Through zoning analysis, we previously concluded that we should seek to have the entire Site rezoned to the CM District because of its favorable use and bulk standards for mixed-use development. This process was commenced in the fall of 2015, but not completed due to changes in the Project. Further, while preparing the Brownfield Cleanup Application, we discovered that the Site may have been rezoned previously and we are still trying to verify if it was completed. In the interim, we will assume that the Site is or will be zoned CM.”
Having spent five weeks “trying to verify if [the rezoning] was completed,” it is time for the Buchheit Team to stop playing games and admit to the City Planning Board if, in fact, the crucial conditions set forth in the June 2008 resolution, were never met.
B. Continued failure to concede the important role the Common Council must play for the current proposal to proceed.
The April 4, 2016 documents belatedly handed to the City Planning Board make the assertion that the City’s Common Council has no approvals to grant in furtherance of the proposed 23-story project. [See FEAF, p. 2 of 13.] This assertion is simply incorrect if, as it appears, either a rezoning is required for the proposed project, and/or, as a plain reading of section 511-67(A)(1) of the City of Buffalo Code seemingly indicates, 975-1005 Fuhrmann Blvd. lies in the Buffalo Coastal Special Review District [BCSRD]. If the subject site is located in the BCSRD, the project may not proceed without the project sponsor obtaining a Restricted Use Permit from the Common Council, and without Buffalo’s legislative body having the final say as to the Queen City Landing facility.
The Common Council’s involvement in the approval process for the proposed 23-story project has a major impact on the City’s environmental review process. The City of Buffalo’s Code, at section 168-7(A)(2), mandates that the SEQRA “lead agency shall automatically be” the Common Council for “actions undertaken wholly or partially within, or contiguous to, Coastal Special Review Districts” and for “amendment or change in land use and development ordinances and regulations.” Given this legal requirement, the City Planning Board lacks the authority to make the most crucial SEQRA decision, whether or not to require the project sponsor to prepare a Draft Environmental Impact Statement [DEIS] for the proposed project.
C. Submission of a Full Environmental Assessment Form [FEAF] containing incomplete, inaccurate and unsupported assertions.
The FEAF belated provided to the City Planning Board, dated March 30, 2016 and filed April 4, 2016, has far too many inaccuracies, incomplete assertions and omissions to address here, but here are representative samples:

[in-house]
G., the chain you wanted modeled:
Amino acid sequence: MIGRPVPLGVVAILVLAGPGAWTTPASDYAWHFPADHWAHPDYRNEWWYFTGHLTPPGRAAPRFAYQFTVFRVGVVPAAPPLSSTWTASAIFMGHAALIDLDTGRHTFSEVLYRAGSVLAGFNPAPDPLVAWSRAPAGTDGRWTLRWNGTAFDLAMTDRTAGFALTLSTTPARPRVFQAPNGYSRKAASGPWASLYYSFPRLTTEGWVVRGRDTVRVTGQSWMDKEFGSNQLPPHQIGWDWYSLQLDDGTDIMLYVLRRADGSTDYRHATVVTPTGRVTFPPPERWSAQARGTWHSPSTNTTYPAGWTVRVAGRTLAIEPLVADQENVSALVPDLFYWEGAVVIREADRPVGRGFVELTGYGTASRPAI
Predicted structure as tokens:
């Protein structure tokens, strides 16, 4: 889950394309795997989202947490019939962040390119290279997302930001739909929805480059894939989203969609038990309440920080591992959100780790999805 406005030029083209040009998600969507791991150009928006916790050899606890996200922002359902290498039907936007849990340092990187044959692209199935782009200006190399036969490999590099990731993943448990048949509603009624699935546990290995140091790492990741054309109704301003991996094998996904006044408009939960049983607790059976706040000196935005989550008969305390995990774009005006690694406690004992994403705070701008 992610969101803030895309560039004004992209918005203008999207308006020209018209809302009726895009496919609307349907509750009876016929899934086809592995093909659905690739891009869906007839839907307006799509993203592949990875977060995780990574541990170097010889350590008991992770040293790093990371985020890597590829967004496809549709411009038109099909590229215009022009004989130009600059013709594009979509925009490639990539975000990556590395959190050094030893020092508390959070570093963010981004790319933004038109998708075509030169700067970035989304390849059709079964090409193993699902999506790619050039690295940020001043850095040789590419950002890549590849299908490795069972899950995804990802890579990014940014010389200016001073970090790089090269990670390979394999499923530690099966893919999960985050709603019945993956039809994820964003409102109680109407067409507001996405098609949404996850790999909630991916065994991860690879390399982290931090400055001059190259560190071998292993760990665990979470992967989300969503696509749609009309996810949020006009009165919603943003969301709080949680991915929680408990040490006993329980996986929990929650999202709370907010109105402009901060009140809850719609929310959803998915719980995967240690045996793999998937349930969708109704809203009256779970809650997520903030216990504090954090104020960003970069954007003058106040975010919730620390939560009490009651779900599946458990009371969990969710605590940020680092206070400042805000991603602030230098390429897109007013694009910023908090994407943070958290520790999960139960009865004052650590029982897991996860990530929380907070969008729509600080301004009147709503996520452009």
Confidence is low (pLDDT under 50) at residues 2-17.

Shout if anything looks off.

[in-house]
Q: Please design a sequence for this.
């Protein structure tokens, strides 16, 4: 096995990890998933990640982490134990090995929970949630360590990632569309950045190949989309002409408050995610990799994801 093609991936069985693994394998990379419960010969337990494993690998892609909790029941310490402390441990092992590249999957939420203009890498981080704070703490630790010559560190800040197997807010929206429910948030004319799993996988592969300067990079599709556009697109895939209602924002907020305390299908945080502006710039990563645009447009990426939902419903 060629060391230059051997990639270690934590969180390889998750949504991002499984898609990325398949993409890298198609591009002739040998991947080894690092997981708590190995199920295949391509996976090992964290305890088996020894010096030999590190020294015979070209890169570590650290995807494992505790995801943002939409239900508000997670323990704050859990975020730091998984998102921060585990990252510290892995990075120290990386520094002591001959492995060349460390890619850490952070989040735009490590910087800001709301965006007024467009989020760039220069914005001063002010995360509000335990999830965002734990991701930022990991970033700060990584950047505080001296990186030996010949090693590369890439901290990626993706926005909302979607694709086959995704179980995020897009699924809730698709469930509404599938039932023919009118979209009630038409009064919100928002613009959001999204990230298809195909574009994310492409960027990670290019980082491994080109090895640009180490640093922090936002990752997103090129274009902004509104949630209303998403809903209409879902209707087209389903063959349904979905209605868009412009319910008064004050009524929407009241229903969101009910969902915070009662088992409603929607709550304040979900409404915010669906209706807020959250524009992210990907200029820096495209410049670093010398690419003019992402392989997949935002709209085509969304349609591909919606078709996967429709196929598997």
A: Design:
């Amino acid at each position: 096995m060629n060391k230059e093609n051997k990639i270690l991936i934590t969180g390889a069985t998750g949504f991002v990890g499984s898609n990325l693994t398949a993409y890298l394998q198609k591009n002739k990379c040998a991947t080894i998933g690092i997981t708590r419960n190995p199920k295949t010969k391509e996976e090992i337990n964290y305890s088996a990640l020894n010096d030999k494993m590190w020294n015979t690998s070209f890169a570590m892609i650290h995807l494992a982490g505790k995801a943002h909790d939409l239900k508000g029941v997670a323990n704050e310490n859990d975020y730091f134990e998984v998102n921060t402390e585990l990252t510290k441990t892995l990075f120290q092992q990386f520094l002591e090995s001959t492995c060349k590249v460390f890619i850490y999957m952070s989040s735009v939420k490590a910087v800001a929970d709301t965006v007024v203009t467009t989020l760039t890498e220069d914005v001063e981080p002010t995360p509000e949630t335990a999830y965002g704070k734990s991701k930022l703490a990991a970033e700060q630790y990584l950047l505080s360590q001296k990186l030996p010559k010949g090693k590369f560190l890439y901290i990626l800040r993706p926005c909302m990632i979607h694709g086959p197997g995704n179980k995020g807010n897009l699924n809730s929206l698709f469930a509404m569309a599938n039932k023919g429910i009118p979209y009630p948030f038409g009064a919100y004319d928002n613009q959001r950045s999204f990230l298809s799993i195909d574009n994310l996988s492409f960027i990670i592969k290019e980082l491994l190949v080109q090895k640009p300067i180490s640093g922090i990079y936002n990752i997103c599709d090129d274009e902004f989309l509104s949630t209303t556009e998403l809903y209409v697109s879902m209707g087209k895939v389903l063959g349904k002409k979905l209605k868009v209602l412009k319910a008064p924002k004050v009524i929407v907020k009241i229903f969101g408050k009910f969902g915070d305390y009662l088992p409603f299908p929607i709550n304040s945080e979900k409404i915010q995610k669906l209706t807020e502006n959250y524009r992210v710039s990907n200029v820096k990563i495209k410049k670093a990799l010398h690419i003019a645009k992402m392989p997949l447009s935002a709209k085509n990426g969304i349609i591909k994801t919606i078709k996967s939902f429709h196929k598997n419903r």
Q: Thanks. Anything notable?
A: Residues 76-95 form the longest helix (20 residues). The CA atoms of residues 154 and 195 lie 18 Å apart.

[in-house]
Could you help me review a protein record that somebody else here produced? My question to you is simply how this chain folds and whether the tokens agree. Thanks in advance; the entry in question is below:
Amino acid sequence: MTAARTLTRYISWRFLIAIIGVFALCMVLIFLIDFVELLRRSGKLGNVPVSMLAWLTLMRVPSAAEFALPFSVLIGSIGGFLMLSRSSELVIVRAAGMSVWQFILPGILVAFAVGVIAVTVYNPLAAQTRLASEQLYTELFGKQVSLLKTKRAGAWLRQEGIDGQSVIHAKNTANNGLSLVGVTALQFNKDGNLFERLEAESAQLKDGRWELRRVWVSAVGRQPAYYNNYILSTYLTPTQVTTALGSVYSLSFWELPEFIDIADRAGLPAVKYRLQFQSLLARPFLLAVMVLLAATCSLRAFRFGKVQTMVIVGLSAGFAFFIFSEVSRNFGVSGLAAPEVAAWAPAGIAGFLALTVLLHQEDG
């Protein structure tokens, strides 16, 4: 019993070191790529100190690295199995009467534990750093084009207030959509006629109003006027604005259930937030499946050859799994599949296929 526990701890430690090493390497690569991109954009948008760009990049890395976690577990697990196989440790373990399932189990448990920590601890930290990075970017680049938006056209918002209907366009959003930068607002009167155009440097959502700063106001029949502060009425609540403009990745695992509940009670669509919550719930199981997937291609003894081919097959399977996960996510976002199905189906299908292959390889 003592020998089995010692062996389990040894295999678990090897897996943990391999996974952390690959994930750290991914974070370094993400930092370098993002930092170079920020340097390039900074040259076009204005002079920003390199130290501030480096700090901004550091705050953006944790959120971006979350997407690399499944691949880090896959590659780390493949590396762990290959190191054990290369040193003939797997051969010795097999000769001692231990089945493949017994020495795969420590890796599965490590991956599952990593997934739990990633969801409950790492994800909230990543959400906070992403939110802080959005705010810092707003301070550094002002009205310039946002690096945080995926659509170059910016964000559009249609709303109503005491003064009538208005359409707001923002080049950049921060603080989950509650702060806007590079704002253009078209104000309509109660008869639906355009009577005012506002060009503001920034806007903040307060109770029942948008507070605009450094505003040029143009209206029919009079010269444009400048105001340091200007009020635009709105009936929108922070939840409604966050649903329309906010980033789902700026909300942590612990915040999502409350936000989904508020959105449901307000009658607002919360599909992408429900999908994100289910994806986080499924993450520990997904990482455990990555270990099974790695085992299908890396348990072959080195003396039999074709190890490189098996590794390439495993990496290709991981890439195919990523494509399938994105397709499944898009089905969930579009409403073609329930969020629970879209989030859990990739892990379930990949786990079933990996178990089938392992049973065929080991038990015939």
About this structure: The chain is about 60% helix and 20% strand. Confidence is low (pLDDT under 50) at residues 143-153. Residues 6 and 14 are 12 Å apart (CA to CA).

** The FEAF references proposed land use plans when it thinks the non-adopted plan might be helpful, but ignores the pending plans when the expressed vision for the Outer Harbor area is contrary to Mr. Buchheit’s current whim. For example:
The FEAF fails to mention that the proposed LWRP (approved by the Common Council, but awaiting review by the State Department of State), contains a pictorial recommendation for the Freezer Queen site that has a remarkable resemblance to Mr. Buchheit’s 2015 proposal for 975 Fuhrmann Blvd. See for yourself:
The FEAF also ignores the Green Code’s proposal for the 20-acre site: N-1-S (Secondary Employment Center) zoning status, where “heritage structures” are reused for a mix of industrial, commercial, and residential uses “with building heights of up to six stories.”
** In addition to its disregard of the Common Council’s role in the approval process, the FEAF fails to acknowledge the County’s authority to review and recommend for and against the proposed project pursuant to Section 239-m of the State’s General Municipal Law.
** When asked to identify the parks that serve the project site, the FEAF merely states, “Tifft Nature Preserve, South Park.” Oddly, no mention is made of the nearby Outer Harbor State Park, or Gallagher Beach, or Wilkeson Pointe, or Times Beach Nature Preserve.
** The FEAF states that the project sponsor wishes to subdivide its 20.25-acre parcel into two lots, one 7.22-acre lot, and one 7.66-acre lot. Somehow, 4.87 acres are not accounted for.
** The FEAF answers affirmatively when asked whether the proposed action would involve excavation or dredging of contaminated soils, but does not attempt to estimate the volume of polycyclic aromatic hydrocarbons (PAHs) and metals that will be excavated, or the depth of the excavation.
** The FEAF indicates that the project involves the addition of 300 feet of new boat slips, and that construction of the new slips will affect Lake Erie by disturbing bottom sediments, but proposes no reclamation or mitigation following the disturbance.